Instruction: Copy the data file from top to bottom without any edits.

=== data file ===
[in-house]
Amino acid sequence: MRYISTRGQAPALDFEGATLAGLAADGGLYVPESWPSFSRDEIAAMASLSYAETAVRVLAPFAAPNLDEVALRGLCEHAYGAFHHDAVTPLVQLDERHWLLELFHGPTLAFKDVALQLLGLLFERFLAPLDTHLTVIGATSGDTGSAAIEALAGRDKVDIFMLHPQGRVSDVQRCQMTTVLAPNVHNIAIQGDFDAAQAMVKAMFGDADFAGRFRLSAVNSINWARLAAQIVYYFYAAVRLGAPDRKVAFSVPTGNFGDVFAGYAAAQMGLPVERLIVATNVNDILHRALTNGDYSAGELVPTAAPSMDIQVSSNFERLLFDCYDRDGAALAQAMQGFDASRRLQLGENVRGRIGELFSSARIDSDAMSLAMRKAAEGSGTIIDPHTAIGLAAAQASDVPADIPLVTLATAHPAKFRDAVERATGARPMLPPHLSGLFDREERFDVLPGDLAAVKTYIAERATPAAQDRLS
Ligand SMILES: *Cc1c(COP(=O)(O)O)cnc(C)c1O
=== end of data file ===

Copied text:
[in-house]
Amino acid sequence: MRYISTRGQAPALDFEGATLAGLAADGGLYVPESWPSFSRDEIAAMASLSYAETAVRVLAPFAAPNLDEVALRGLCEHAYGAFHHDAVTPLVQLDERHWLLELFHGPTLAFKDVALQLLGLLFERFLAPLDTHLTVIGATSGDTGSAAIEALAGRDKVDIFMLHPQGRVSDVQRCQMTTVLAPNVHNIAIQGDFDAAQAMVKAMFGDADFAGRFRLSAVNSINWARLAAQIVYYFYAAVRLGAPDRKVAFSVPTGNFGDVFAGYAAAQMGLPVERLIVATNVNDILHRALTNGDYSAGELVPTAAPSMDIQVSSNFERLLFDCYDRDGAALAQAMQGFDASRRLQLGENVRGRIGELFSSARIDSDAMSLAMRKAAEGSGTIIDPHTAIGLAAAQASDVPADIPLVTLATAHPAKFRDAVERATGARPMLPPHLSGLFDREERFDVLPGDLAAVKTYIAERATPAAQDRLS
Ligand SMILES: *Cc1c(COP(=O)(O)O)cnc(C)c1O